“The less partisan we can be through this entire process, the sooner we’ll get out of it,” said Lee Chatfield (R), the 31-year-old speaker of the House who was working on the floor to adopt some of the governor’s restrictions when armed militiamen entered the capitol building. “There are people who want to take covid-19 seriously but believe the governor’s approach is the wrong call for our state,” he said, referring to the disease caused by the virus.

Generally, residents of Michigan agree with Whitmer’s approach, according to a Washington Post-Ipsos poll released Tuesday, in which 72 percent approve of her handling of the outbreak, and 25 percent disapprove. Ohio Gov. Mike DeWine (R) got the highest marks — 86 percent approval — but in general, Republican governors did not fare well in the poll, with Georgia Gov. Brian Kemp, who moved to open the state early, getting an approval rating of just 39 percent.

Whitmer said in an interview Tuesday that she worries Republican state lawmakers, who have said she does not have the authority to continue her coronavirus executive order, are pushing people to violate it.

“They are feeding a lot into the behavior,” Whitmer said. “We would be so much better off if everyone with a platform focused on the science and less about politics.”

Protesters in Michigan have sought a radical turnabout in the state’s response to the pandemic, with some demanding that Whitmer lift all restrictions. Many come from fringe movements and harbor deep suspicion of health officials and their warnings; the activists insist that the government has inflated the death toll and blown the dangers out of proportion. The event’s main organizer, Ryan Kelley, a real estate agent from outside Grand Rapids, said he invited members of a local militia to the protests in Lansing as “security.”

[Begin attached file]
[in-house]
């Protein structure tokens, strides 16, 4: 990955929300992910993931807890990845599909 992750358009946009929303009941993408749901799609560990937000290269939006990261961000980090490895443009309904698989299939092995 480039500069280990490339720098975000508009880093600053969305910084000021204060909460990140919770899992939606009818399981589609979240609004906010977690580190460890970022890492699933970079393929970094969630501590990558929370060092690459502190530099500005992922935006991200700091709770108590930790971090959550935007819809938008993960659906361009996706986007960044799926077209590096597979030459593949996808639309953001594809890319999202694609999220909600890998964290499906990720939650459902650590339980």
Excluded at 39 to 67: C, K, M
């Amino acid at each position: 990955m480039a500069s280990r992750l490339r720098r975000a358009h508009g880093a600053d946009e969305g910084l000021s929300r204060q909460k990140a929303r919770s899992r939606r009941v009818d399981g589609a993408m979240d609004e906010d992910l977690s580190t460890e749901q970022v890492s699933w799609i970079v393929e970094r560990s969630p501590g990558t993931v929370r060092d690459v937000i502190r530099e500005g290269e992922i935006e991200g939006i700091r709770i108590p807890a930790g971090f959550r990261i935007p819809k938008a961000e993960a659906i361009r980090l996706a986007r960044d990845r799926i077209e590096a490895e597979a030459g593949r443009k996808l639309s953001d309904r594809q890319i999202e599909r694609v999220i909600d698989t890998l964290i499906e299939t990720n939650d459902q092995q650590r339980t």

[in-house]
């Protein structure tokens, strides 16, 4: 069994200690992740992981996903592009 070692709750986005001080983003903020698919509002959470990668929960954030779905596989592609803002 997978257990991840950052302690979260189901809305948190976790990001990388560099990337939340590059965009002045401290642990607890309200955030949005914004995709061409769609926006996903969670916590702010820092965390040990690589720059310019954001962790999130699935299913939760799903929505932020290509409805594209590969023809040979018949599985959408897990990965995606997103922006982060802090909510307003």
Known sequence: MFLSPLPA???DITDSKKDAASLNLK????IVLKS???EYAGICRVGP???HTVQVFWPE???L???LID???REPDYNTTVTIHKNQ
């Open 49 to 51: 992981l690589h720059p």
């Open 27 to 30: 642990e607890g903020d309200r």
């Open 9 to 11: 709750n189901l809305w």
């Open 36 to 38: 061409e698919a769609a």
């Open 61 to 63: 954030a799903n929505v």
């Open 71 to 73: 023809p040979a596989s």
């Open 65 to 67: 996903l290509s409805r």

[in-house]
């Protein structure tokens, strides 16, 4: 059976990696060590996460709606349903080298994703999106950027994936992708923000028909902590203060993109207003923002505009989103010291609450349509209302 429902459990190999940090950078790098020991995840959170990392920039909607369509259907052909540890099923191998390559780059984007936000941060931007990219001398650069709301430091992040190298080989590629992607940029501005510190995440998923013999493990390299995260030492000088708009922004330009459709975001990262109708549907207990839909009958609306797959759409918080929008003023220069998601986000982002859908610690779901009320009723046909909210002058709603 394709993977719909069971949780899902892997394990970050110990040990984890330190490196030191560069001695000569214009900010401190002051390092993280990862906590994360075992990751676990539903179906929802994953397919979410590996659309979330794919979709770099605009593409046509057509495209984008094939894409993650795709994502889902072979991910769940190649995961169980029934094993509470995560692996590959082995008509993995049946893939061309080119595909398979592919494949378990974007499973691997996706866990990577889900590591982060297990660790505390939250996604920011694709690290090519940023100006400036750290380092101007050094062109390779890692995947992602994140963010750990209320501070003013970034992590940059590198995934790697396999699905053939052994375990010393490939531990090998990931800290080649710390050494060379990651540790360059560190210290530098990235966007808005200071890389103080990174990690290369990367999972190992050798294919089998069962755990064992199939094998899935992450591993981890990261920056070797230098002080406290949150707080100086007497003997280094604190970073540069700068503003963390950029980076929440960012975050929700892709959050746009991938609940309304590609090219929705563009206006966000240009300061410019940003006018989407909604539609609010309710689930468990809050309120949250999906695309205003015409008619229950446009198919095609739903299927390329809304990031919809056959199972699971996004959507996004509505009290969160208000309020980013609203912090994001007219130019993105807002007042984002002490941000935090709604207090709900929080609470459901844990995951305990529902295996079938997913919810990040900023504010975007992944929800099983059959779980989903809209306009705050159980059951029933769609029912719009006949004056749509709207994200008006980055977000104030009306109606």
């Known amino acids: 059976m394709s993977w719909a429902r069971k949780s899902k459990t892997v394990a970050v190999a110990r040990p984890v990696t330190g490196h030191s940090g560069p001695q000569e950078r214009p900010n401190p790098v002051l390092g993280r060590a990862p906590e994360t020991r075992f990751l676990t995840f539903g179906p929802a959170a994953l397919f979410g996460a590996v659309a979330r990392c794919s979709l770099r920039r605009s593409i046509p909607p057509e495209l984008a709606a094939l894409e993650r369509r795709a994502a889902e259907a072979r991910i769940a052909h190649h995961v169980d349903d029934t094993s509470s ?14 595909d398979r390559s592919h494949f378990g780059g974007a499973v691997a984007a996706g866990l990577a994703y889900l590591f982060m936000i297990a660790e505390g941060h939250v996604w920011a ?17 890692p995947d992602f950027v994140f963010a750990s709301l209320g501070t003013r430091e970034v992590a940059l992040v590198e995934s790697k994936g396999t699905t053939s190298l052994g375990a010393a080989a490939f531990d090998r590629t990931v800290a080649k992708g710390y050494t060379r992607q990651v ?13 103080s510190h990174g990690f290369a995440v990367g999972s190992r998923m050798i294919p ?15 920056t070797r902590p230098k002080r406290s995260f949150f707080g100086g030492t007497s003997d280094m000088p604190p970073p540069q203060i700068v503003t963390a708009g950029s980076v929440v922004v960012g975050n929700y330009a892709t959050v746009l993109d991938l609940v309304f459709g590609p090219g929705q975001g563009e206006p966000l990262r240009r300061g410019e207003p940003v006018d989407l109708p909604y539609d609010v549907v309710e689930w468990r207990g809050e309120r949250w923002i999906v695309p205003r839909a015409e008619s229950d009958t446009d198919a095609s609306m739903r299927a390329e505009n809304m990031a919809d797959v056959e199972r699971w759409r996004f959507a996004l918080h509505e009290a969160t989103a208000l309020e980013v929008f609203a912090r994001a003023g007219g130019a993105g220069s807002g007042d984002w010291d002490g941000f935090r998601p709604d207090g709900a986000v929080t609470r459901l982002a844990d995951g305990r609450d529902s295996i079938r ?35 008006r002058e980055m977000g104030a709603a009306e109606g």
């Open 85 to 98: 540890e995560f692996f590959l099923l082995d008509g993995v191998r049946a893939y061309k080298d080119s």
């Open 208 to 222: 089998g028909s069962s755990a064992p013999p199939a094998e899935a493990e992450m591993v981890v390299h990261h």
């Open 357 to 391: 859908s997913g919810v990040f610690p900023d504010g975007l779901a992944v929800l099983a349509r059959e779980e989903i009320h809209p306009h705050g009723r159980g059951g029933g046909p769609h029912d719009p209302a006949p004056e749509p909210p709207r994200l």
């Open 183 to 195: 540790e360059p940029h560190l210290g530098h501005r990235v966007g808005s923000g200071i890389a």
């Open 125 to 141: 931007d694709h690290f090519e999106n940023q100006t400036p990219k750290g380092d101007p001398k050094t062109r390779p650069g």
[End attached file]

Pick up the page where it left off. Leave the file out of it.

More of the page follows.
Chatfield, who appeared onstage with Trump at a rally in Battle Creek in December, said he disagrees with protesters who believe the death toll reported by the state is inflated. He worries that the activists are making it difficult for Republicans pitching more pragmatic reopening plans to be heard.

“Those voices are getting drowned by those who are being over the line and derogatory,” Chatfield said.

Mike Shirkey (R), the state Senate’s majority leader, was more direct, condemning protesters who “used threats of violence to stir up fear and rancor.” Some lawmakers, frightened by the heavily armed demonstrators, wore bulletproof vests during the protests April 30.

“They do not represent Senate Republicans,” Shirkey said in a statement. “At best, those so-called protesters are a bunch of jackasses.”

Kelley, the organizer of the protest, said he was disappointed that many Republican lawmakers did not want to lift all restrictions immediately.

“You’re elected to serve the people,” he said. “You’re not elected to serve yourself.”

So far the militias are limited to preening demonstrations of toxic rage and impotent foolishness, but with white supremacist domestic terrorist groups actively recruiting exactly these "very good people" the capacity for both a serious miscalculation in a confrontation with law enforcement as well as a purposeful terrorist attack remains ludicrously high and will for a very long time.

The Trump Depression will absolutely be accompanied by armed and deadly unrest, especially as rural areas are hit hard by COVID-19 and economic depression. All this would be bad enough without an actively racist autocrat facing crushing defeat in November and growing more desperate by the day, egging on groups like this in order to maintain his power.

It would be a miracle for that to not be the case, and if you haven't looked around lately, we're fresh out of goddamn miracles these days.